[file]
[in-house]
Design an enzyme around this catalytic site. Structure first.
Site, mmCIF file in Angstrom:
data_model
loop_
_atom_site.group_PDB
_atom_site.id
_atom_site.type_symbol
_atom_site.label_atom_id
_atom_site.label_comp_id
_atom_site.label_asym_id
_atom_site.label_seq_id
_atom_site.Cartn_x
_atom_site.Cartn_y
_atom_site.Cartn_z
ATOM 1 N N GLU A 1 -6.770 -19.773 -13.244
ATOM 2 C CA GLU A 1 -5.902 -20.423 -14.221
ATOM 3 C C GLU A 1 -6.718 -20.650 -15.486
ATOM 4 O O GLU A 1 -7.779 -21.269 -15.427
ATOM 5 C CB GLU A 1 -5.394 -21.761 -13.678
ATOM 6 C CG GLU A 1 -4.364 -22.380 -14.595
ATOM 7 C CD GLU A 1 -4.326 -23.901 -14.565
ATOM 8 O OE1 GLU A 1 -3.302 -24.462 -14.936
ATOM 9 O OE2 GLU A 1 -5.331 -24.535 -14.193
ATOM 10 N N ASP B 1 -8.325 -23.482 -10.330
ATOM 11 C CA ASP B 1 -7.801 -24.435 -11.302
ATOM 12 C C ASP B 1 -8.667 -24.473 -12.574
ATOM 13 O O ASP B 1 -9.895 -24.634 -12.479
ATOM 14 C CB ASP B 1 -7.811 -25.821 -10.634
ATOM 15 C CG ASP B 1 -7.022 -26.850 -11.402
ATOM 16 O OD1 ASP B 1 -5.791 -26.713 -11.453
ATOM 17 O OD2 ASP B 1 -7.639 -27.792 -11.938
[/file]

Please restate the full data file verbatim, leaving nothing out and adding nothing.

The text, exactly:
[in-house]
Design an enzyme around this catalytic site. Structure first.
Site, mmCIF file in Angstrom:
data_model
loop_
_atom_site.group_PDB
_atom_site.id
_atom_site.type_symbol
_atom_site.label_atom_id
_atom_site.label_comp_id
_atom_site.label_asym_id
_atom_site.label_seq_id
_atom_site.Cartn_x
_atom_site.Cartn_y
_atom_site.Cartn_z
ATOM 1 N N GLU A 1 -6.770 -19.773 -13.244
ATOM 2 C CA GLU A 1 -5.902 -20.423 -14.221
ATOM 3 C C GLU A 1 -6.718 -20.650 -15.486
ATOM 4 O O GLU A 1 -7.779 -21.269 -15.427
ATOM 5 C CB GLU A 1 -5.394 -21.761 -13.678
ATOM 6 C CG GLU A 1 -4.364 -22.380 -14.595
ATOM 7 C CD GLU A 1 -4.326 -23.901 -14.565
ATOM 8 O OE1 GLU A 1 -3.302 -24.462 -14.936
ATOM 9 O OE2 GLU A 1 -5.331 -24.535 -14.193
ATOM 10 N N ASP B 1 -8.325 -23.482 -10.330
ATOM 11 C CA ASP B 1 -7.801 -24.435 -11.302
ATOM 12 C C ASP B 1 -8.667 -24.473 -12.574
ATOM 13 O O ASP B 1 -9.895 -24.634 -12.479
ATOM 14 C CB ASP B 1 -7.811 -25.821 -10.634
ATOM 15 C CG ASP B 1 -7.022 -26.850 -11.402
ATOM 16 O OD1 ASP B 1 -5.791 -26.713 -11.453
ATOM 17 O OD2 ASP B 1 -7.639 -27.792 -11.938